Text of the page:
These freestanding stores offer unique concepts, a fun environment and highly knowledgeable staff. Unlike e-commerce, which is another strong channel, customers have the advantage of trying products and having in-store guidance. There is also no other direct brand competition like in department stores.
“Boutique retailers offer a fun and interactive environment that isn’t found in other channels, which is appealing to younger, digital consumers,” noted Ewa Grigar, the study’s manager.
“It is almost like a cult, the followership is often buying into the exciting concepts of these stores virtually more than the products themselves. The success of such stores depends on whether brands can keep up with the pace of younger consumers’ digital needs, as well as keep a store’s levels of innovation and engagement high,” added Kelly Alexandre, key analyst for the report.
Realizing this new, engaging way of diversifying where their products are sold, many brands are opening their first doors or dramatically expanding their existing number of openings, particularly in Europe and the US, notes Kline. Several large, multinational brands opened their first boutiques; British designer Burberry opened a high-tech beauty boutique in Covent Garden and L’Oréal’s recently-acquired NYX brand grew from one store to 20 in a single year, while its long-established L’Oréal Paris brand opened its first branded cosmetics store in Paris in September. In November, Estée Lauder opened its first store with its millennial-focused collection, Estée Edit, in London.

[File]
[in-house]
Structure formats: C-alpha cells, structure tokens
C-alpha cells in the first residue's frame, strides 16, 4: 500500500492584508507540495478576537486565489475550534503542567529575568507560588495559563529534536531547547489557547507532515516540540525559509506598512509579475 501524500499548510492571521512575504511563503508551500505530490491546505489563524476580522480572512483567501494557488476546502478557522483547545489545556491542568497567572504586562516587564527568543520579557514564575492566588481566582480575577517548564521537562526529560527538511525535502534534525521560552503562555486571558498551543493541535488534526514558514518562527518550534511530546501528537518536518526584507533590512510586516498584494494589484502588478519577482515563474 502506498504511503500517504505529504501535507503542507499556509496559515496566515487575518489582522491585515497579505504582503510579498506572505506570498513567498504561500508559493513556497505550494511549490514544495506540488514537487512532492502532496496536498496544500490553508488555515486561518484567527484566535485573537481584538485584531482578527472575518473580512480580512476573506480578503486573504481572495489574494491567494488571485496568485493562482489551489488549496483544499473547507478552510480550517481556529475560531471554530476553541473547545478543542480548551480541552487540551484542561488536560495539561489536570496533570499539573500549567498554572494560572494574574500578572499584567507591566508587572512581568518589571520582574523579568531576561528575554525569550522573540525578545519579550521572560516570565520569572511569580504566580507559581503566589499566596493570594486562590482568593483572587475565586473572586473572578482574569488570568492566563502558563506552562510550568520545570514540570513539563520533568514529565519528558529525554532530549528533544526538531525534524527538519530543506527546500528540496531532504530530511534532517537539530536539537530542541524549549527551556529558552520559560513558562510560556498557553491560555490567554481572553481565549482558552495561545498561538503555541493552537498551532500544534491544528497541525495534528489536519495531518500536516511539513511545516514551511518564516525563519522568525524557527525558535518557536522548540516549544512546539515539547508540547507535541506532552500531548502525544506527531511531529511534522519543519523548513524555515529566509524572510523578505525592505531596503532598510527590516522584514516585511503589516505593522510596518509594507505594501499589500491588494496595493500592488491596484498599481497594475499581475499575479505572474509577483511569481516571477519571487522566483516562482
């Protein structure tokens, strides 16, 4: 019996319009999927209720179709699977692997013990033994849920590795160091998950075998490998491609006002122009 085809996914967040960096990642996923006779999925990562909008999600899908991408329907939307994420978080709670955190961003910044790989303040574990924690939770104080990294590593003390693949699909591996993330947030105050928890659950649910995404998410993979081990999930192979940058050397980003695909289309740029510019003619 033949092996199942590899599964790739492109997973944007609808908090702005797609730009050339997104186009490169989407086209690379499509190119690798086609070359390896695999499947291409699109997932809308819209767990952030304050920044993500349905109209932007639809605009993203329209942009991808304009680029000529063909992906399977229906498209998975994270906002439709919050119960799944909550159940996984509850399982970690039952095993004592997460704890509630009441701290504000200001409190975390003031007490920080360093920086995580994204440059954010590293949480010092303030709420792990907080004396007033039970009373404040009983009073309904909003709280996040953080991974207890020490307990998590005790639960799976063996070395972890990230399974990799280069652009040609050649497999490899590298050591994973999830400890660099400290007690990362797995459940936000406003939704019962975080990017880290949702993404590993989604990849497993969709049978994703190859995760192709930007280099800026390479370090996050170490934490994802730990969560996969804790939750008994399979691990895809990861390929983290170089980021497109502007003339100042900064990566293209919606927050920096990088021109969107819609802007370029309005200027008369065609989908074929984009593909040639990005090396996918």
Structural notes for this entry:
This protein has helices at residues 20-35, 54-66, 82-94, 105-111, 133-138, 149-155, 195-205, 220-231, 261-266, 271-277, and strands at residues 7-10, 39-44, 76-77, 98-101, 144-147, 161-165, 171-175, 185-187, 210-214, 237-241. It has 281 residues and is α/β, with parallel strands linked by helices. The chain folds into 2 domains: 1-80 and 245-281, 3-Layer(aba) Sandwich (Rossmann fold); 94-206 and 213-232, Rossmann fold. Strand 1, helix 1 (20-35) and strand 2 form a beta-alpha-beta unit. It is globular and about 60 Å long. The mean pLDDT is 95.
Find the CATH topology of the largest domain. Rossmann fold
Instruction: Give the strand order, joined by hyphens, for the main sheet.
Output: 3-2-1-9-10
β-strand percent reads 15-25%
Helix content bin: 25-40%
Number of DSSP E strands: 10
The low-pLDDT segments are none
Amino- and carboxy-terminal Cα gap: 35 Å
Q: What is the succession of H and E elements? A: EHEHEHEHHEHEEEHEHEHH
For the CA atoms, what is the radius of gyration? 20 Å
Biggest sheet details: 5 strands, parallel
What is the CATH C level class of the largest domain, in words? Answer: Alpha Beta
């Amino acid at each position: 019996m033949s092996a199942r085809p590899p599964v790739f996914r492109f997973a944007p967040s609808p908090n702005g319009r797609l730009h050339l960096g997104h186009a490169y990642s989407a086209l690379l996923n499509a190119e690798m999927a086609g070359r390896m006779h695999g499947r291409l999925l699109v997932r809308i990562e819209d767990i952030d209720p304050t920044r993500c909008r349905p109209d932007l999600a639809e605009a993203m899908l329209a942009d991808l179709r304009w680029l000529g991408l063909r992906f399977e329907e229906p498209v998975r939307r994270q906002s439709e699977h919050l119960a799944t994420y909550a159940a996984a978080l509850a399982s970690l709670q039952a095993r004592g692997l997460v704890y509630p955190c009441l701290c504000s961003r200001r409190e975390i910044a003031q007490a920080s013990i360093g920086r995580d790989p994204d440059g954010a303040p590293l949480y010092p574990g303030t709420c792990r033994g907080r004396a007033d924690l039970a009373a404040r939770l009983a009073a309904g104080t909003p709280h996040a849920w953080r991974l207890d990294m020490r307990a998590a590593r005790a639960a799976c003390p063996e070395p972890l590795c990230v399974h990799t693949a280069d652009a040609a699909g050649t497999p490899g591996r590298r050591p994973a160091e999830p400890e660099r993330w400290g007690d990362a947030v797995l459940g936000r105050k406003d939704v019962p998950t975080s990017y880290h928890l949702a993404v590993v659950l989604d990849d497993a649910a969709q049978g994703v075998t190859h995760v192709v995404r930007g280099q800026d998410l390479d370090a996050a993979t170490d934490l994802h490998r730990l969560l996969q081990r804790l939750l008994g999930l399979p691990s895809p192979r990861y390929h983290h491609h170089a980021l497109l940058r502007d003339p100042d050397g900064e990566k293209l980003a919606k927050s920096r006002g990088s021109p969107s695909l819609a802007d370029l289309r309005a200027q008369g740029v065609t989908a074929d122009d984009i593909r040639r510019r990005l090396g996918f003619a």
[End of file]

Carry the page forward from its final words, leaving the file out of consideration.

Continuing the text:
Even Bath & Body Works added 16 locations in 2015 and 20 more in 2016.
Kline contends there is also fast expansion of retailers outside the US. Israel-based Sabon and Rituals, located in The Netherlands, are among the fastest growing retailers in terms of sales and door counts, and have recently focused on international expansion.
Beauty brands use this as part of an omnichannel strategy, as it offers numerous brand-building opportunities. It is a way to boost brand awareness, strengthen consumer loyalty, and drive brand sales across all channels of distribution.
“However, opening such a store is not the ticket to immediate success,” warned Grigar. “Companies that cannot maintain a high level of innovation, keep up with the essential amount of interactivity and overall exciting experience are doomed to lower engagement and sales.”
While the boutique retailing market shows some similarities across countries, such as local brand popularity or unique store concepts, brands and brand leaders vary by country. Sales by product class also vary dramatically, with makeup growing the fastest in the UK and France and the slowest in the US. Growth rates are also different, ranging from 2% to 10%, affected by various political and economic conditions.
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